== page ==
Yesterday, in response to a call out to march on the banks in solidarity
with Oakland, 100 people marched into the streets from the Occupy Seattle
camp to Chase Bank down the street. Inside the building 5 people locked
themselves to each other, shutting down the bank. When the crowd arrived
the police were already blocking the doors. People chanted, yelled, and
gave speeches of encouragement toward their comrades inside. Everyone was
waiting for the police to drag them out.
Once it was clear that the occupiers were being forced out, people began
to block the police van, sitting and laying in front it. In this moment,
chaos began, perhaps a cop pushed someone, perhaps someone pushed a cop,
it's unclear but once the occupiers were pushed inside the van, people
began screaming louder, and pushing harder. Small skirmishes broke out
between protestors and the police. Leading the pigs to release their first
hit of pepperspray of the day. This only further motivated people. Within
these moments, people were running around, pushing cops, helping their
comrades from the ground and pulling them back from the police. Several
people were dearrested in the process.
With this flow of energy, the protestors flooded into the street in front
of Chase. People linked arms, pushed the cops back, while others engaged
in small fights with the police. Many pigs were punched in the face or hit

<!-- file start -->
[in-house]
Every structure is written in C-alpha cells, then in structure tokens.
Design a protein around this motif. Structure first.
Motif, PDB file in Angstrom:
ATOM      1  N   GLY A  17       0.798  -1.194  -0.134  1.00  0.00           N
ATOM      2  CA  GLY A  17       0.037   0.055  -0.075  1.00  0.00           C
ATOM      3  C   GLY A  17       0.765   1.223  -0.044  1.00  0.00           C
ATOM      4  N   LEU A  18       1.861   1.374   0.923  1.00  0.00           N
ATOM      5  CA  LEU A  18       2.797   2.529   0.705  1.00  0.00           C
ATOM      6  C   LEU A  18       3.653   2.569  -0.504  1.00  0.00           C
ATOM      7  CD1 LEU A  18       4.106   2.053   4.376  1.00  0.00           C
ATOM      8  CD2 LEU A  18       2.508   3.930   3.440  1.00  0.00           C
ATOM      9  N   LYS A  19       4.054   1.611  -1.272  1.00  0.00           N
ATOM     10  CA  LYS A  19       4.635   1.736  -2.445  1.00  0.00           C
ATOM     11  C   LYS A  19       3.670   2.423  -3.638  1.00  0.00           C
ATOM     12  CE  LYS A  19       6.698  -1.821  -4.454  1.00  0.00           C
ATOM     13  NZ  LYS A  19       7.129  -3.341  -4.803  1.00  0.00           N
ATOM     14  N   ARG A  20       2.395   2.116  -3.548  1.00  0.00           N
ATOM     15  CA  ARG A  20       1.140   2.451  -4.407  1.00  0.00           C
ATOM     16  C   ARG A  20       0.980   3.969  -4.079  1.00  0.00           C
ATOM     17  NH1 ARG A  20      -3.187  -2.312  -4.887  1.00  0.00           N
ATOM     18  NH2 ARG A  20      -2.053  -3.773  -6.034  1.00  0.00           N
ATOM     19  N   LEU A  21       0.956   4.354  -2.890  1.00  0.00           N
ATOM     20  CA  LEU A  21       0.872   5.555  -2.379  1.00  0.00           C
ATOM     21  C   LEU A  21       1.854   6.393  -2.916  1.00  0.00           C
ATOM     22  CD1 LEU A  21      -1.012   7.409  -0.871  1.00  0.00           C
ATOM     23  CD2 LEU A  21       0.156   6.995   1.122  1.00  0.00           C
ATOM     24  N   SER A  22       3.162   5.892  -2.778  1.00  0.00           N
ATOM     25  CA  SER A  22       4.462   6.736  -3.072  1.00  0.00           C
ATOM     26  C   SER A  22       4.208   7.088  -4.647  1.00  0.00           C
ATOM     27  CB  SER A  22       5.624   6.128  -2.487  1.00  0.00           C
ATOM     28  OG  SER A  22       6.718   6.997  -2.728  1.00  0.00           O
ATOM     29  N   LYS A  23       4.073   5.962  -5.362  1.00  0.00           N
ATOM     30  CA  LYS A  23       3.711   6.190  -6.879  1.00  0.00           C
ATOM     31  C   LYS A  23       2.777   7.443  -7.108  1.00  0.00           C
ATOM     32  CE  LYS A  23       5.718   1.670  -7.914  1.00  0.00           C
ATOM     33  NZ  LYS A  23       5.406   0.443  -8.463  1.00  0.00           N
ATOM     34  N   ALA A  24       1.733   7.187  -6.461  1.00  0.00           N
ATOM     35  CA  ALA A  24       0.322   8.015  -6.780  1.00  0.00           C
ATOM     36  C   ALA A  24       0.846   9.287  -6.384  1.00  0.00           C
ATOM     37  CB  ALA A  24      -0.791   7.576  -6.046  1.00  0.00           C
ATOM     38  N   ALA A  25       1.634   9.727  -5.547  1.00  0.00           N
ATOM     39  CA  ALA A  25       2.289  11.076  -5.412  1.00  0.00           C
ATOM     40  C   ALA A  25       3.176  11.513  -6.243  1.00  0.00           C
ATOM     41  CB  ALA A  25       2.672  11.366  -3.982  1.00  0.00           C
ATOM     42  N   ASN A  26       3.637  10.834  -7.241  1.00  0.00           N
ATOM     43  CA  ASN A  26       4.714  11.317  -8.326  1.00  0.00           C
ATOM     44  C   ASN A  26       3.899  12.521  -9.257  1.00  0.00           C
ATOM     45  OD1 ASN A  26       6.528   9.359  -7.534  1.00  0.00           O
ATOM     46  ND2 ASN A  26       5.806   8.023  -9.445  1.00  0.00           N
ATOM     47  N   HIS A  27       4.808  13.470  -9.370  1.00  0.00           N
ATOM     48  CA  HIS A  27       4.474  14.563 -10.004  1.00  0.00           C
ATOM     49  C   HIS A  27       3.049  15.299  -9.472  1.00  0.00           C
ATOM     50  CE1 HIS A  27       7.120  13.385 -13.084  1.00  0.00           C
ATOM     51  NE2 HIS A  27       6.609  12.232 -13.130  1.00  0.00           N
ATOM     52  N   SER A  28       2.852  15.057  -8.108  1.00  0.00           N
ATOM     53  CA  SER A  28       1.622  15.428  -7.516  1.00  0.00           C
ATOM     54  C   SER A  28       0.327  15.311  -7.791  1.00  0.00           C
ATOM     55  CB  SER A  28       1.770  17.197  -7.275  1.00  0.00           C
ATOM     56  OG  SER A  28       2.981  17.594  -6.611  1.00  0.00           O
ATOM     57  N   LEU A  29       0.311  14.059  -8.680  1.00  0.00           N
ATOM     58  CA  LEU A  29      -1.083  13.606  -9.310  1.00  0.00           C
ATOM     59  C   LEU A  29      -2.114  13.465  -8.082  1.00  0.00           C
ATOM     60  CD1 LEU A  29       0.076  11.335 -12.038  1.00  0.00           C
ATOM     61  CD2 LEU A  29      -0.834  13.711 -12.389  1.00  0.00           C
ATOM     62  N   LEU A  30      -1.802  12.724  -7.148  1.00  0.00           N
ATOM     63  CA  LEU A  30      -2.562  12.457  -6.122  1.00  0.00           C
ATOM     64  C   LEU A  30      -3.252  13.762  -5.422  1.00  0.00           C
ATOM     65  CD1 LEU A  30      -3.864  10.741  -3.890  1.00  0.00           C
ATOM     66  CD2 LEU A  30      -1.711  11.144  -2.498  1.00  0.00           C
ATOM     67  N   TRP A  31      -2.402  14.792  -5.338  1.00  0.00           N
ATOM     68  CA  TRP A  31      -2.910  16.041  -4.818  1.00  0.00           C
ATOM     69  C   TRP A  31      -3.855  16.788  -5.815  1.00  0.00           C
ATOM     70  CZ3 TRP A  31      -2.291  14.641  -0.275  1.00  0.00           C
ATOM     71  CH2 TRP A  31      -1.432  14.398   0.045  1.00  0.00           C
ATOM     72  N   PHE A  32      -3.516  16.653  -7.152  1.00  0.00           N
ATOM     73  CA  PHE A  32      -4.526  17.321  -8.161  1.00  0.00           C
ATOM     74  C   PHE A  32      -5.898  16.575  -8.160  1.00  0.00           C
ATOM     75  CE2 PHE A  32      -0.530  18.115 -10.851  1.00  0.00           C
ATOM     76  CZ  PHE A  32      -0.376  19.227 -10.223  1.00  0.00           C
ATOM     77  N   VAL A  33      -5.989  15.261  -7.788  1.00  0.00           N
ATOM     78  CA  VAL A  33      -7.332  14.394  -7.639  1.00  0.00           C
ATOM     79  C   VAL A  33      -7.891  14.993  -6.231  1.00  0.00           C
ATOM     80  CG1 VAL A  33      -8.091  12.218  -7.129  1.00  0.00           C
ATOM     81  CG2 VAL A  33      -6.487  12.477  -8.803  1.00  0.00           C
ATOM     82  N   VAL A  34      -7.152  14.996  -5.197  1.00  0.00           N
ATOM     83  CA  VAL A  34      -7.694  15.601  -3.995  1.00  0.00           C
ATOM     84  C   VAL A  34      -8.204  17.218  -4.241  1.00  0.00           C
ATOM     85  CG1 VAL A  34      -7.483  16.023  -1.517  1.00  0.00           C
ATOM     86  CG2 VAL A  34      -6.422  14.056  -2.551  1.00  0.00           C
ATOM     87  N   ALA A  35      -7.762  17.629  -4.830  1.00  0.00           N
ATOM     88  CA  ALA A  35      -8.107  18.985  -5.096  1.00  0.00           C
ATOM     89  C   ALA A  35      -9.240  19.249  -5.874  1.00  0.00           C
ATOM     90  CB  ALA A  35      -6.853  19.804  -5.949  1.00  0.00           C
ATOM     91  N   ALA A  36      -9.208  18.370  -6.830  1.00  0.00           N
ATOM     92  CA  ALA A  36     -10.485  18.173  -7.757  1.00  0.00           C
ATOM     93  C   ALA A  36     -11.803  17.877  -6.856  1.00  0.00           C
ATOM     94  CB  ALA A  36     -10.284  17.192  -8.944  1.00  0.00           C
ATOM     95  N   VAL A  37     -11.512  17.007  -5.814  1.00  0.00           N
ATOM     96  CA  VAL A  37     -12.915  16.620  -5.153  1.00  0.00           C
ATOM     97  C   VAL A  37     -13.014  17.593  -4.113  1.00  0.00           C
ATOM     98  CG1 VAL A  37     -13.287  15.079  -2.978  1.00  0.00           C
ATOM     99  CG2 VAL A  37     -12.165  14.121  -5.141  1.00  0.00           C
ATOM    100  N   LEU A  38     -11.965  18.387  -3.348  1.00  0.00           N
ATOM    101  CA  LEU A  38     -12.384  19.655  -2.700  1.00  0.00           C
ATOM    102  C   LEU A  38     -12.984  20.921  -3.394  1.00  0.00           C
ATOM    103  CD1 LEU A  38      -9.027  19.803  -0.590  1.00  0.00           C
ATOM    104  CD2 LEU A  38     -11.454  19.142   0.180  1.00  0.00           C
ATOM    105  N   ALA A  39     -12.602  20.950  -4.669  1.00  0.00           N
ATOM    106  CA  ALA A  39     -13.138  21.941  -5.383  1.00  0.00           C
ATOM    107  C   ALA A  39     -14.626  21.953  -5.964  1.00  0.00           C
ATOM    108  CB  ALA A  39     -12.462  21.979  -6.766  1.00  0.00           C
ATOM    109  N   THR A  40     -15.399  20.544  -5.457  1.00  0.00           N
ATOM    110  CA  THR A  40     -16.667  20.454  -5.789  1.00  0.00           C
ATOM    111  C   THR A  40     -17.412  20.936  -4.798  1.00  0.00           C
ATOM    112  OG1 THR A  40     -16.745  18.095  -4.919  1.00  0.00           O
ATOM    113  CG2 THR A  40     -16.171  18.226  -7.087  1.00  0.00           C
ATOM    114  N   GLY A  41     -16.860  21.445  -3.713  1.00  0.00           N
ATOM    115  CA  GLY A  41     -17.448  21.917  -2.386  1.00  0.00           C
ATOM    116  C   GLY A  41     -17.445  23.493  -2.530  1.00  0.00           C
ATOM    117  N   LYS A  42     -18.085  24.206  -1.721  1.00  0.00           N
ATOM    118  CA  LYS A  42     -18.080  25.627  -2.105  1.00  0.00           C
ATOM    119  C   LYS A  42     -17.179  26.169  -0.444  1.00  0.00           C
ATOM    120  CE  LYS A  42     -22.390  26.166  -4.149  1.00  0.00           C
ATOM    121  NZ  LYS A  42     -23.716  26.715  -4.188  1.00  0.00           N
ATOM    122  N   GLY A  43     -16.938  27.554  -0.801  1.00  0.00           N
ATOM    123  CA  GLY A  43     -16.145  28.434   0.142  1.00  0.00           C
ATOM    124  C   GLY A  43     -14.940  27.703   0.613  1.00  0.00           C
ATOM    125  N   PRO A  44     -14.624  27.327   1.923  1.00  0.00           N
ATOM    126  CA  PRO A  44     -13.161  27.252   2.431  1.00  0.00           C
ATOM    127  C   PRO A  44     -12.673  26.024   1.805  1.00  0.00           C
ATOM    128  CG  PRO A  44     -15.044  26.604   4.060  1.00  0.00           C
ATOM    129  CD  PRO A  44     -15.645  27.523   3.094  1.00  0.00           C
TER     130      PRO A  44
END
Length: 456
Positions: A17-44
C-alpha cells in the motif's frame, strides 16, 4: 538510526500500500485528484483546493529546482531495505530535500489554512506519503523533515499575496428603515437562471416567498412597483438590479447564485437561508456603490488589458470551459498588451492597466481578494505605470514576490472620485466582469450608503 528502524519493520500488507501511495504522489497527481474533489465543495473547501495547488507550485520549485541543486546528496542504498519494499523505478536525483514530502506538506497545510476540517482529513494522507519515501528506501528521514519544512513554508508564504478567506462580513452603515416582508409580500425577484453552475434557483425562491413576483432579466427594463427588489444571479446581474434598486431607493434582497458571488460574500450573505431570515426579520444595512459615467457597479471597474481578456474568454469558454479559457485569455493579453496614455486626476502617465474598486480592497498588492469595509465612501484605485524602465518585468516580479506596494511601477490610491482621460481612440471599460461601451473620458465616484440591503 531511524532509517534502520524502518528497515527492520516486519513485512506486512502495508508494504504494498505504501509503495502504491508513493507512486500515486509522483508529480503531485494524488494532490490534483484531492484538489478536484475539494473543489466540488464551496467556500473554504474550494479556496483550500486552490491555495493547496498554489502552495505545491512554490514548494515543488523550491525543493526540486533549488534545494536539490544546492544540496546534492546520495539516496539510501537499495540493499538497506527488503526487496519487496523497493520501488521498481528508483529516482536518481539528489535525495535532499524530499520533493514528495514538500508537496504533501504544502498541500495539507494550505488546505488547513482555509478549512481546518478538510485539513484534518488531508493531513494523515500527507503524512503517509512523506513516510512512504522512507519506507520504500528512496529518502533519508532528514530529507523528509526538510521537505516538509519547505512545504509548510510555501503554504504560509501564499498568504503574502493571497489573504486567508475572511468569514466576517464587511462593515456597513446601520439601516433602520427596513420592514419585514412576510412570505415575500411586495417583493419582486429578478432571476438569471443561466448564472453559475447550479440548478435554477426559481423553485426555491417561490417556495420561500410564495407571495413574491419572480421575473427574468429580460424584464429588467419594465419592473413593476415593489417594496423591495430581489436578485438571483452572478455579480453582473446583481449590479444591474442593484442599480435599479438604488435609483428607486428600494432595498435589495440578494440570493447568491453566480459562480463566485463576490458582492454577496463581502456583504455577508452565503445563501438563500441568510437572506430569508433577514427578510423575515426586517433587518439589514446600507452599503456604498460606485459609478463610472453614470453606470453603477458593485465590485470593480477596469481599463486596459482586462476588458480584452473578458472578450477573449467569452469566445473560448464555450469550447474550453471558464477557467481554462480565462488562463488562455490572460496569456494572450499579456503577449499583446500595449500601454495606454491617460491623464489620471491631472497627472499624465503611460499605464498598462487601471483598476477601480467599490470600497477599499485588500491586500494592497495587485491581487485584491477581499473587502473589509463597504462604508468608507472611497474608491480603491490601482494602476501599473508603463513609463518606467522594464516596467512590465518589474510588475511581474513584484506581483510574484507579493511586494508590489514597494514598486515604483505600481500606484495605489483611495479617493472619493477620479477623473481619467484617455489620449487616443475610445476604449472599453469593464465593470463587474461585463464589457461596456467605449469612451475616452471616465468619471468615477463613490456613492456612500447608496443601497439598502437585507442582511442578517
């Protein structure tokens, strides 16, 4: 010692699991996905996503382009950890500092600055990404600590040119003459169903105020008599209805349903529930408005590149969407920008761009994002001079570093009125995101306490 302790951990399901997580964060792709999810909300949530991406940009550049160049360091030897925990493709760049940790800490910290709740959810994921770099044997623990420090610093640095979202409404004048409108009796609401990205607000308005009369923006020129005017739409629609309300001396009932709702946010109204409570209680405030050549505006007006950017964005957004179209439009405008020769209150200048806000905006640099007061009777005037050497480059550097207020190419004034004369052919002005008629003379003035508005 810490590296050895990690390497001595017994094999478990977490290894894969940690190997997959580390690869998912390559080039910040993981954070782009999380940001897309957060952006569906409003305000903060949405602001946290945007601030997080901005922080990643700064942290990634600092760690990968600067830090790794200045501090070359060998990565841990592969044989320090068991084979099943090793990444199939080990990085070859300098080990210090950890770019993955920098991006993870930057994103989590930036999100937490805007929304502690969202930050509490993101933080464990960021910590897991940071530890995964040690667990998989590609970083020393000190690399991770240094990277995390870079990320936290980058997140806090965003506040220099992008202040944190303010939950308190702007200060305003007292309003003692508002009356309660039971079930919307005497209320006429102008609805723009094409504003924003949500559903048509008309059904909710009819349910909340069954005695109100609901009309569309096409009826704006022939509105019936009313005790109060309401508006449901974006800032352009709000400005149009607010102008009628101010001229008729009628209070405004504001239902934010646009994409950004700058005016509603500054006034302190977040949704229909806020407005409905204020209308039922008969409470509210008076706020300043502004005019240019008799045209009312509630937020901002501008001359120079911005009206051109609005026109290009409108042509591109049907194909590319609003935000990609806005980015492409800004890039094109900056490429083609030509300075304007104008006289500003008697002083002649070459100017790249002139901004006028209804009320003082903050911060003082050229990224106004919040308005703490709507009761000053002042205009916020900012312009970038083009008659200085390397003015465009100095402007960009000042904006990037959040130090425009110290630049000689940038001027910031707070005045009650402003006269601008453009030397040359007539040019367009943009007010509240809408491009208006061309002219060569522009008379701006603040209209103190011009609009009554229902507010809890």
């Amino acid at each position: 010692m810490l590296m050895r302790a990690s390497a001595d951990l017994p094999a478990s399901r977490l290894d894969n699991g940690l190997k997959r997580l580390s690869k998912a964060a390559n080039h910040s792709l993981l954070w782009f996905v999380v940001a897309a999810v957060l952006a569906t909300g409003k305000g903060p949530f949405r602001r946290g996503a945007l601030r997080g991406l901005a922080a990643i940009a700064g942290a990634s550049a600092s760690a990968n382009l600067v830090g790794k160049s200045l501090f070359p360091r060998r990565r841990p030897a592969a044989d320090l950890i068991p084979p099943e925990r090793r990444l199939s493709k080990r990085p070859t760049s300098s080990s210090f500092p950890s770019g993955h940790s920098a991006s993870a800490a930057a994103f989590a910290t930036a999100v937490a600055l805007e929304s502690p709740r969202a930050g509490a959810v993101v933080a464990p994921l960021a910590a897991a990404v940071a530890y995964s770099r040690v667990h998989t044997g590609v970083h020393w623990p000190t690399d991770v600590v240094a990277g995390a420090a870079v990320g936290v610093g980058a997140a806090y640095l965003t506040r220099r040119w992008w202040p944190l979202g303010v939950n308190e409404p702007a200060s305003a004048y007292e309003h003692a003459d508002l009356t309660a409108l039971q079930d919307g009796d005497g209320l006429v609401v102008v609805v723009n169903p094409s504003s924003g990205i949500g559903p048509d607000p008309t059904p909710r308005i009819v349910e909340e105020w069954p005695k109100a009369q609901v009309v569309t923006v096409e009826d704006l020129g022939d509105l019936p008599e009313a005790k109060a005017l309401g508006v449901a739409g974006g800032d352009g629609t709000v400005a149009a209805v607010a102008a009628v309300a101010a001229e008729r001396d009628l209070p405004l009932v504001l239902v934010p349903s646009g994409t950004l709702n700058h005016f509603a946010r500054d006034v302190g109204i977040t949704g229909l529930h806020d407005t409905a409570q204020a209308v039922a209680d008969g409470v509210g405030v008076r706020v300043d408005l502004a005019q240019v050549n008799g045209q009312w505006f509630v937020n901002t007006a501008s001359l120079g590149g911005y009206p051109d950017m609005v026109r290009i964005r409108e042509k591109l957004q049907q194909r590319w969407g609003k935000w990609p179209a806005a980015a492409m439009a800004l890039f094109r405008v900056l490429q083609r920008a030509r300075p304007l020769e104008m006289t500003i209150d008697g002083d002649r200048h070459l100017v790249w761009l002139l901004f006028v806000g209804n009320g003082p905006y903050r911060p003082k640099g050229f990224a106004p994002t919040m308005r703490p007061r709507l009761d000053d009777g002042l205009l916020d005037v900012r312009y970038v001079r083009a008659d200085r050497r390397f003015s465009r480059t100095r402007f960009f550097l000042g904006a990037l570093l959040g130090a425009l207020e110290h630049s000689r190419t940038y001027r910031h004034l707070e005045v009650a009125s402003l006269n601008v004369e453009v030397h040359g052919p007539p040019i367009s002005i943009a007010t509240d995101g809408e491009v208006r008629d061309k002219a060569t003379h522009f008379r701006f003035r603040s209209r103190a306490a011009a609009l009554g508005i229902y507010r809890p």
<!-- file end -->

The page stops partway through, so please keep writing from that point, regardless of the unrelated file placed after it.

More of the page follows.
with bottles. More pepperspray flew.
During this melee people pushed the cops and took the streets, eventually
kicking the cops out.
This is a huge victory for a movement that rarely lets its festering rage
Later, people marched (always in the streets) back down toward the camp,
and then downtown to Westlake to celebrate their victory.
A few hours later, people left from Westlake to march on the CEO of Chase
a few blocks away. Those from earlier in the day immediately rushed to the
streets, leaving the peace marshals and union bureaucrats on the
sidewalks. This may have been embarrassing for them, so soon enough they
also joined in the streets.
When the protestors reached the hotel where the hated 1% was, it was
protected by police barricades, yet few cops. At this moment the people
could have stormed the barricades, and forced themselves inside, perhaps
actually confronting the 1% inside. But, no one did and the cops
regrouped, surrounding the hotel. So, for many hours to come people
rattled the fences and screamed in the rain.
The police peppersprayed more people, someone threw a bottle, the people
stayed strong and wet. A few people were arrested (it's unclear for what)
and eventually everyone went home.
Some call it a victory. Some don't. Regardless, the protestors left on
their own accord and showed their commitment and sometimes their anger
toward the 1% and their dogs.
People are hungry for real confrontation, real resistance. The CEO may
have escaped this time, and the people may have let him but it's clear
after yesterdays small battles that something is growing and it just might